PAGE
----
Album Review: Graves At Sea/Sourvein – Graves At Sea/Sourvein

Graves at Sea - Sourvein

Graves at Sea/Sourvein [USA]
Graves at Sea/Sourvein
Seventh Rule Recordings
Sludge/Doom Metal

I first heard of Graves at Sea earlier this year with their last EP, This Place is Poison and was thoroughly impressed with it, particularly the innovation showed at the cover of Black Sabbath‘s Orchid/Lord of this World that they included on the EP. Hence, encountering them again so quickly was a nice surprise, this time on their split with compatriots Sourvein on a split release, with Graves at Sea and Sourvein providing two and three tracks respectively to the split to what promises to be an epic sludge/doom metal experience.

Graves at Sea kicks off the split with the extremely groovy Betting on Black, and the listener is quickly engulfed in a fuzzy, yet suffocating soundscape provided by the tone of the guitars of Nick, who unleashes relentless riff after riff of class, not surprising considering his stints in other excellent doom bands such as Uzala and Atriarch. Bassist Jeff, with the high mix of his instrument on the record, adds a nice, heavy overtone, at the same time increasing some of that groove flavour in Graves at Sea‘s music. Nathan’s vocals are a tortured shriek, and these add some slight black metal elements on the record, emphasising the negativity that is on Graves at Sea‘s output.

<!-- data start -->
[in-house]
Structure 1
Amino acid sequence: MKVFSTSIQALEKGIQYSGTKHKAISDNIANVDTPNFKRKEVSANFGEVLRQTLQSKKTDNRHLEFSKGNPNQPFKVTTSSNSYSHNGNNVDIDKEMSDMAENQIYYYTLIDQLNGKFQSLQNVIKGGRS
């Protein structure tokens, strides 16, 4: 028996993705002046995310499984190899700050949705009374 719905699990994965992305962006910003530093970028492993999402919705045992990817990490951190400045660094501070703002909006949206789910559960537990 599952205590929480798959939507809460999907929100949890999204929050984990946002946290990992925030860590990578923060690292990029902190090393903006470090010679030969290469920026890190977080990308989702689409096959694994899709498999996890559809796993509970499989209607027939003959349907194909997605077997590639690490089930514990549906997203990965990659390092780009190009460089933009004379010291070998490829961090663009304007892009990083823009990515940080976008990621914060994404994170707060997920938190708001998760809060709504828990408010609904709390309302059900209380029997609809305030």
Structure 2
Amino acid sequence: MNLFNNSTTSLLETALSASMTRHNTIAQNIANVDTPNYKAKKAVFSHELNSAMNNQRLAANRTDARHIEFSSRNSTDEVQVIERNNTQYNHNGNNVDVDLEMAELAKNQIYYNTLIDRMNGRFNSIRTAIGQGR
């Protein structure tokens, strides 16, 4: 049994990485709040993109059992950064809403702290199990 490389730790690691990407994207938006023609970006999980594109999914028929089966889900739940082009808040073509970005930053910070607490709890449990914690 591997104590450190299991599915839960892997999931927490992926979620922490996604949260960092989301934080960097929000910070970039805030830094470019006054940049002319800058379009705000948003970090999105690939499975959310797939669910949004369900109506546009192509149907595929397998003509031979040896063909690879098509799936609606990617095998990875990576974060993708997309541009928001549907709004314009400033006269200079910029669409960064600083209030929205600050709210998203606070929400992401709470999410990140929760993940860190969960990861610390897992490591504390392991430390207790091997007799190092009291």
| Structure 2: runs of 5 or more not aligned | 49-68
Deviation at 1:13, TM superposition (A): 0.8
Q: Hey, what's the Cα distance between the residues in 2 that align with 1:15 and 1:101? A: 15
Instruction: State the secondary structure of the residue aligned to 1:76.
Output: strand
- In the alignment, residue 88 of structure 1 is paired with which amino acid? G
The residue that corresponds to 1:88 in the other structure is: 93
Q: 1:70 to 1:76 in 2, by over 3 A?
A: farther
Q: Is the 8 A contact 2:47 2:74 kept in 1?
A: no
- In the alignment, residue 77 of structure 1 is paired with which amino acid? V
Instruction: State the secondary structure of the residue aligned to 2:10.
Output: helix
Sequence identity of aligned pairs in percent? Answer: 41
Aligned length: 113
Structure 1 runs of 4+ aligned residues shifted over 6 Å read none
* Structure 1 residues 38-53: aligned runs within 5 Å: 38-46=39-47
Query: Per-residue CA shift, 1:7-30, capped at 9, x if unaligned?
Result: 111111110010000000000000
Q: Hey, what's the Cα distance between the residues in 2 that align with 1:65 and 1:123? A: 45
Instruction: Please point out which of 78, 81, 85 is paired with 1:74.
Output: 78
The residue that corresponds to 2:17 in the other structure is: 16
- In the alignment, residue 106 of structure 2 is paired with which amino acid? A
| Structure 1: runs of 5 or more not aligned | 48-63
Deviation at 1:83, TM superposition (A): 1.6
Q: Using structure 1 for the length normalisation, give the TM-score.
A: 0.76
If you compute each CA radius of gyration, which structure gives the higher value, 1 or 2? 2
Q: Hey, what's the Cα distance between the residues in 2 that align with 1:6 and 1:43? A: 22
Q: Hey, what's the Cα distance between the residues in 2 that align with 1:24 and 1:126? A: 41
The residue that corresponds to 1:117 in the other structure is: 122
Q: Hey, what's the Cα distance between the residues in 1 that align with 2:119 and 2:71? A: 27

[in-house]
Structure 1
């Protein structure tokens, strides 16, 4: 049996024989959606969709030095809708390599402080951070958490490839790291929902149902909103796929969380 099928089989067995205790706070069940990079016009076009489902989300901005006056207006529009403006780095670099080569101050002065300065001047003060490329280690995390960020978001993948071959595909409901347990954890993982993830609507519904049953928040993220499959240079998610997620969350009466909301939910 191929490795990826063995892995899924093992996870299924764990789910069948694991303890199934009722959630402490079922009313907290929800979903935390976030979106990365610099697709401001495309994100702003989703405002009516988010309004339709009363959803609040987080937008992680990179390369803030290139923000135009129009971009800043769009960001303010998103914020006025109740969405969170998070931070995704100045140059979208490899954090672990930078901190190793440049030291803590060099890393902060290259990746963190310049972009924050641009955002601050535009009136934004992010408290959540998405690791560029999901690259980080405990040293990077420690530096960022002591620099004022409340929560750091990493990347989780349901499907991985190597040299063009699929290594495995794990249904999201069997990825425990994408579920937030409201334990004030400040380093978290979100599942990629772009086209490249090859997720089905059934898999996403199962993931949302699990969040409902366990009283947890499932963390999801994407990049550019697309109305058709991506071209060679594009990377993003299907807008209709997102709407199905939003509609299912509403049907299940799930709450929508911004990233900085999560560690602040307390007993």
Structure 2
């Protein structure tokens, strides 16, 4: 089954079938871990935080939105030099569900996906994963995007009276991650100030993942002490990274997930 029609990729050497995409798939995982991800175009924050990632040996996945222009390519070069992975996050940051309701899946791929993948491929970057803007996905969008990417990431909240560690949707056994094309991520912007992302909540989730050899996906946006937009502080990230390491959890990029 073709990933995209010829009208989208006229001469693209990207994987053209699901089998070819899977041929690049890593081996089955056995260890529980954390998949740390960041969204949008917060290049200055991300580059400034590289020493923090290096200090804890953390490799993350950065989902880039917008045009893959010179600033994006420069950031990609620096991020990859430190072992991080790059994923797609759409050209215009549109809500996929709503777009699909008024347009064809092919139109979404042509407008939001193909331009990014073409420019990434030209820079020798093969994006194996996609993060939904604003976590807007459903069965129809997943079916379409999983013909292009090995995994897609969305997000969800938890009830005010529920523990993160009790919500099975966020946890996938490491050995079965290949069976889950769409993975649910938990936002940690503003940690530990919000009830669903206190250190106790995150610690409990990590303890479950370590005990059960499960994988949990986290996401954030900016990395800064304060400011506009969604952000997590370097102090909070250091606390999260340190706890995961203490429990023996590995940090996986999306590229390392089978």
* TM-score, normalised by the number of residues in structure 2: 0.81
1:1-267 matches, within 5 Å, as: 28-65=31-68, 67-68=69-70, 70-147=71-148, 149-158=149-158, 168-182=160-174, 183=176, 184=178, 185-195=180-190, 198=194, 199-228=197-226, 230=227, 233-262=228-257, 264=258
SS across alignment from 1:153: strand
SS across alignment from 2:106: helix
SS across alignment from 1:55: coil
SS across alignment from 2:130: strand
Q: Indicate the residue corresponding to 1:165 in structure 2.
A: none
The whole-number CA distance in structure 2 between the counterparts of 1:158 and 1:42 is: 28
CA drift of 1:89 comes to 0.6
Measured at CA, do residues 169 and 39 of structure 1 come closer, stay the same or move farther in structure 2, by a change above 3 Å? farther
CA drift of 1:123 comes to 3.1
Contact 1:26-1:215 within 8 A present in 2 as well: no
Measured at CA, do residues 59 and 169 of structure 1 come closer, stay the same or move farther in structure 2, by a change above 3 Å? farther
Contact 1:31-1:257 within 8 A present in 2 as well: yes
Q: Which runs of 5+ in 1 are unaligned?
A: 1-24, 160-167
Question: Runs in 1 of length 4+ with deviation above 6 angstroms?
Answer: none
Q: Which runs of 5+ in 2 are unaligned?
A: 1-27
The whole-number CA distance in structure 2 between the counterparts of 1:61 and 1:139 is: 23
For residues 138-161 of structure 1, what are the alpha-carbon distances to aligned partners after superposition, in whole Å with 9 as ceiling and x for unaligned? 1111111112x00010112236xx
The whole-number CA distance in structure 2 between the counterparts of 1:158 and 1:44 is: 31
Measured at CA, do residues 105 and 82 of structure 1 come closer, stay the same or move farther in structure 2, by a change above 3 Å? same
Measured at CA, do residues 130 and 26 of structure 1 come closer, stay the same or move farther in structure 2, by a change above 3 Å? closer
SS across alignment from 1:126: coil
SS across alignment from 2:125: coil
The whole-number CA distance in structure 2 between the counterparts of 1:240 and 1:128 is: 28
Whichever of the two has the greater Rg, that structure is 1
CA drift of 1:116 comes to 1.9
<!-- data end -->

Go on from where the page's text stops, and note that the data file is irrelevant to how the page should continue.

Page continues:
But it was also curiosity about Sourvein‘s sound, with their years of experience playing sludge/doom that drew me to this split release. Keeping up with the high moods created by Graves at Sea already, Sourvein presents a sound that is slightly more punkish, especially with vocalist T-Roy’s style. The influences from pioneering bands such as Black Sabbath are rather obvious in the riffing of Oj Yogi, with songs like Drifter almost sounding like an even slower version of Master of Reality, with that slight stoner groove that is in the band’s playing. Equinox even brings in some rather psychedelic elements with the sound effects that are used, and admittedly, Sourvein‘s side provides the listener with a trippier experience (a la Dopethrone or Electric Wizard) than Graves at Sea.

While doom may have started and become popular over the years in the UK, with splits and bands such as Graves at Sea and Sourvein, America carries on bearing the torch of the genres that have spawned from doom metal.

[xrr rating=4.5/5]

Graves at Sea on the internet:

Sourvein on the internet:

Seventh Rule Recordings

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